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Opinion: Want To Help 100M People? Do These 3 Things
This post was originally produced for Forbes.
By his example, Paul Polak, the 85-year-old social entrepreneur, teaches those who follow in his footsteps three important principles: the primacy of distribution, “never give up” isn’t just a slogan on a t-shirt and listening is an innovation superpower.
You may wish to read Friday’s article about Polak.
The Primacy of Distribution
His impressive career started by inventing a new distribution channel in India for selling water pumps that revolutionized micro-scale agriculture.
Right now, most social entrepreneurs are focused on inventing a solution in the form of a gadget or app without much regard to the distribution channel. Ralph Waldo Emerson’s adage, “Build a better mousetrap and the world will beat a path to your door,” was almost certainly not true when he (allegedly) said so.
While the internet has made scaling some technologies easier over the last 25 years, this can be a distraction for social entrepreneurs working in places where few people use the internet.
The great social entrepreneurs of our day are inventing distribution channels to deliver value and opportunity to people who’ve lacked them.
Never Give Up
Denver-based Polak has a peer on the other side of the Rockies in Salt Lake City that I presume he doesn’t know. James Mayfield, about whom I’ve also written, is the same age as Polak. At age 80, he decided to spend the next decade of his life focused on eradicating poverty in Nepal, convinced it could be done.
Paul Polak CREDIT: PAUL POLAK
Several years into that project, he’s making real progress implementing an innovative financing model and cooperative business structure at the village level in thousands of villages across the country.
In writing about these two, I fear younger social entrepreneurs will find their examples unimpressive or unrelatable.
As to the first fear, let me remind readers that the majority of people born around the world 85 years ago are dead, of the those who remain virtually all retired, and these two have spent their last few years starting long-term projects.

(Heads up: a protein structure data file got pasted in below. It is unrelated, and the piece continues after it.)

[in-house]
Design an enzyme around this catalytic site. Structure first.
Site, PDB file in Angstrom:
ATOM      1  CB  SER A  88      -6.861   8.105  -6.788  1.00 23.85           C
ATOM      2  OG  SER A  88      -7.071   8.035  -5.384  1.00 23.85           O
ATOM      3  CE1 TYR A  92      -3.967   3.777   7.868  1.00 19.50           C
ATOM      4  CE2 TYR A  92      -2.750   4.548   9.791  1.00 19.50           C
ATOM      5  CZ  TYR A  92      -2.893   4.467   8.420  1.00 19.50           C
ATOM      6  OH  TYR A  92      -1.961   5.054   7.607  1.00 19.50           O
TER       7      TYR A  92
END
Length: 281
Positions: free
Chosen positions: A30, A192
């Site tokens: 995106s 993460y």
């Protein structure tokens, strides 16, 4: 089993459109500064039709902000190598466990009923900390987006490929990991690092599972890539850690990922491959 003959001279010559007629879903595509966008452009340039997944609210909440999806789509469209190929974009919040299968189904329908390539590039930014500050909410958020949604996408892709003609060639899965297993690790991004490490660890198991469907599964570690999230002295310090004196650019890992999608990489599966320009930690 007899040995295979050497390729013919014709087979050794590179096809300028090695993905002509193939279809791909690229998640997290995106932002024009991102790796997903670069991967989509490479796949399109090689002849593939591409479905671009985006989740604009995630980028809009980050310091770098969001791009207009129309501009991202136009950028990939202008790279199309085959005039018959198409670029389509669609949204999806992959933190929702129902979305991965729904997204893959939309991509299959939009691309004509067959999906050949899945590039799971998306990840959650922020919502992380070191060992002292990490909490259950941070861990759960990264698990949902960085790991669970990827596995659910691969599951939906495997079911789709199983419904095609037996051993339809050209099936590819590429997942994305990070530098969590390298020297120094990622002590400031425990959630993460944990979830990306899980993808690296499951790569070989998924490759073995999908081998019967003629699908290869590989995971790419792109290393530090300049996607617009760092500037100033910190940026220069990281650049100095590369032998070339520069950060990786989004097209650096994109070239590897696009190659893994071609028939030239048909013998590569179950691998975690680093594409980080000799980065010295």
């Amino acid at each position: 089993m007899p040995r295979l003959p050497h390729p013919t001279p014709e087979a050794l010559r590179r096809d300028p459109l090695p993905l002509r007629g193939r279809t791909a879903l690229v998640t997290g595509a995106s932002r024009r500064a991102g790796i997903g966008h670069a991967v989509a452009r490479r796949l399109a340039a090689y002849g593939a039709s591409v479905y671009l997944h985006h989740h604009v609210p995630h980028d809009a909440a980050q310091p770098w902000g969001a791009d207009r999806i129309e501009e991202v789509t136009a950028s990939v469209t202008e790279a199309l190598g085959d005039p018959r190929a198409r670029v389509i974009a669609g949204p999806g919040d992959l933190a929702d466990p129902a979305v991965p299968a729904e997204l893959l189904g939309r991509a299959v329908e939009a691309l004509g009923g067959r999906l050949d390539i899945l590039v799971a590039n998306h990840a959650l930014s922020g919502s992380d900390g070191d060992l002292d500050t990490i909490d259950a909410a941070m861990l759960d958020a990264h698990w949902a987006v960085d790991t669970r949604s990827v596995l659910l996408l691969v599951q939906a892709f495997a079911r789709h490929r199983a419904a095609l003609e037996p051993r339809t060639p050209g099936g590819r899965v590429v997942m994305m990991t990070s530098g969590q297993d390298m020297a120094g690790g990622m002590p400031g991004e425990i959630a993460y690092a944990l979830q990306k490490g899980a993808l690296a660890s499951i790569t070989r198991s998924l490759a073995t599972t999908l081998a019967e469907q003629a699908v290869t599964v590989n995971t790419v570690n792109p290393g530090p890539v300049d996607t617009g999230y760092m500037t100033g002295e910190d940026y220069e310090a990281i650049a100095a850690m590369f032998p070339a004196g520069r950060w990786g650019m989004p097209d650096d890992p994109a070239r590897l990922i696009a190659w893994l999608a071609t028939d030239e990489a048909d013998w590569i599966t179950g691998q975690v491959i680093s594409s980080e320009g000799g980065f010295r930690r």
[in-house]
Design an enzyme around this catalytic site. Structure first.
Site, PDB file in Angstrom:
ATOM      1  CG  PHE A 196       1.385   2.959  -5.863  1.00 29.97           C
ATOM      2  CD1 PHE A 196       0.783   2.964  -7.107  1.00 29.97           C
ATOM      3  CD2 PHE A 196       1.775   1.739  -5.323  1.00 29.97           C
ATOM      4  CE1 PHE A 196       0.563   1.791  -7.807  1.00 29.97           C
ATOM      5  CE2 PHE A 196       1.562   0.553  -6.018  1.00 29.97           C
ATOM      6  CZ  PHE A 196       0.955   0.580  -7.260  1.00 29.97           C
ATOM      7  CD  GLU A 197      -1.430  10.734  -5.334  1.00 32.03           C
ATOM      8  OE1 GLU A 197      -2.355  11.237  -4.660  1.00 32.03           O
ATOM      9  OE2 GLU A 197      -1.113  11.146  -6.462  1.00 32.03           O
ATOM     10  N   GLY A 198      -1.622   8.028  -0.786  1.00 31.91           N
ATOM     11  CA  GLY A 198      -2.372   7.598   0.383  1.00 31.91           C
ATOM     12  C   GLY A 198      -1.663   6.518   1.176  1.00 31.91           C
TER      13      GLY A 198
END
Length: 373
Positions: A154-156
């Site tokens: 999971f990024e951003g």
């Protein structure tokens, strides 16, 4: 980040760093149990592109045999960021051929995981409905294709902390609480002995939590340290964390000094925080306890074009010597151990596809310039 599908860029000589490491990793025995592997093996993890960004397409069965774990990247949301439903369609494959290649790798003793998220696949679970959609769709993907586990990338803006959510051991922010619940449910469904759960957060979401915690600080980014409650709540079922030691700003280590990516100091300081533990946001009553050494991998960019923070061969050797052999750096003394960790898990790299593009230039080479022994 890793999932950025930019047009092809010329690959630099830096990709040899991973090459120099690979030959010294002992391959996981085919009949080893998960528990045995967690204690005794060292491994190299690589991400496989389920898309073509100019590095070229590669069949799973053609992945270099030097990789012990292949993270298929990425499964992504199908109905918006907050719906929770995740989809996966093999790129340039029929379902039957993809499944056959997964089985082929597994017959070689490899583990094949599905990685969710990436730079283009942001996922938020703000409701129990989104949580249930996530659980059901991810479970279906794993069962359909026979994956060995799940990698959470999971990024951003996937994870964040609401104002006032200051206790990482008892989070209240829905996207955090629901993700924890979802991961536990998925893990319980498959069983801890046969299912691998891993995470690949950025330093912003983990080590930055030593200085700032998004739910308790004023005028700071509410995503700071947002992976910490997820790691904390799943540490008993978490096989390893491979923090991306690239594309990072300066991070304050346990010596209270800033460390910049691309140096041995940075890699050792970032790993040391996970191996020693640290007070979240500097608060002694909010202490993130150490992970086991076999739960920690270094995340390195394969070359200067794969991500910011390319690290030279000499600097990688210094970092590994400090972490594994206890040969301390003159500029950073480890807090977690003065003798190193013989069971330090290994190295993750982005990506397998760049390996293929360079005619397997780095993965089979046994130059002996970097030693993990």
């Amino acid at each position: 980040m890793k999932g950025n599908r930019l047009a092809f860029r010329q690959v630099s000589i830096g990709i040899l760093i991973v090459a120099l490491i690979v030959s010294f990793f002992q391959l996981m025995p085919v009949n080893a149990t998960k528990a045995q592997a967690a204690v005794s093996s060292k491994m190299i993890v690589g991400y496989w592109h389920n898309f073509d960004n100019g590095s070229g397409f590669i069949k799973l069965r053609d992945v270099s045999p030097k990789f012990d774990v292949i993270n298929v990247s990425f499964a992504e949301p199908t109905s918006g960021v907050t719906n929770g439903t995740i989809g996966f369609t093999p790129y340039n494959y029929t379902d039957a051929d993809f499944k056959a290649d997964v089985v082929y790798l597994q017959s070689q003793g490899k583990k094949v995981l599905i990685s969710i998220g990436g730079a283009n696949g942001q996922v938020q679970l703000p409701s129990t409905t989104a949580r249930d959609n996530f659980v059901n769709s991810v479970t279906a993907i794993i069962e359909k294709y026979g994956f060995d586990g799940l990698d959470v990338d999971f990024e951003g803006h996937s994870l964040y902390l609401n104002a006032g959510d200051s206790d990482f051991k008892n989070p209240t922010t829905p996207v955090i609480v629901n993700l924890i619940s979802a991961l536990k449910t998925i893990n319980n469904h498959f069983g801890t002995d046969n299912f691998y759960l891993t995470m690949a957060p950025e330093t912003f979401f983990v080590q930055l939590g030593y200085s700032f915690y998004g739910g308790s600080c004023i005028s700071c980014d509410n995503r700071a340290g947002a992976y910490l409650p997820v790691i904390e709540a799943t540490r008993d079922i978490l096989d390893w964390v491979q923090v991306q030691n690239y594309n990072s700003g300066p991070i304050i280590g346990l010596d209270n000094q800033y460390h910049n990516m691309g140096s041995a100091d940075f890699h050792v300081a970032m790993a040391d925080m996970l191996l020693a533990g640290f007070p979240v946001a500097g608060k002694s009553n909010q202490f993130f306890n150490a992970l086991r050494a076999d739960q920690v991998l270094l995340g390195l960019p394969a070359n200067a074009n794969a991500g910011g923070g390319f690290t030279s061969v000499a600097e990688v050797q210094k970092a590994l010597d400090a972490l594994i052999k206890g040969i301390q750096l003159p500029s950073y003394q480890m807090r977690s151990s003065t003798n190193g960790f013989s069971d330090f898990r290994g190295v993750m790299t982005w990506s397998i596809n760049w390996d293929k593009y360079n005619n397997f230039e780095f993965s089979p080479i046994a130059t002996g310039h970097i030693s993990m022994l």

As to relevance, Mayfield’s CHOICE Humanitarian has implemented a model that has uncanny parallels to NURU International, founded by then twenty-something social entrepreneur Jake Harriman. I don’t mean to suggest anything except that Harriman—probably without knowing of Mayfield—determined independently to attack the same problem in much the same way. What Polak and Mayfield are doing in their 80s is as hip and contemporary as social entrepreneurship gets.
Unless you have celebrated more birthdays than Polak and Mayfield, I implore you not to quit. You have more to give. If what you’re doing now isn’t working, try a new distribution model and keep innovating.
Listening Is an Innovation Superpower
Polak listens. When seeking an innovation, he spends five days in the field listening to the people he hopes to help before he even begins to think about solving their problems.
Much has been written in recent years about how the people with the best answers to the world’s problems are those who are experiencing those problems. Often, they know exactly what the solution is, but it may simply be out of reach. Knowing there is an aquifer 300 feet below your farm is of little help if no one in the community has a drill that can reach it.
Polak demonstrates by his example the power of listening not only for problems to solve but for the solutions others can offer.
Social entrepreneurs and impact investors can provide a slew of resources, especially access to capital, for implementing solutions that work in communities experiencing challenges. It is important for all who wish to improve the lot of others, to work with them to ensure that they participate in all the benefits of innovation, not only as consumers but as owners and employees whenever and wherever possible.
Polak’s vision is to see every new venture he starts reach more than 100 million people. I suspect he’ll do it again-or die trying.
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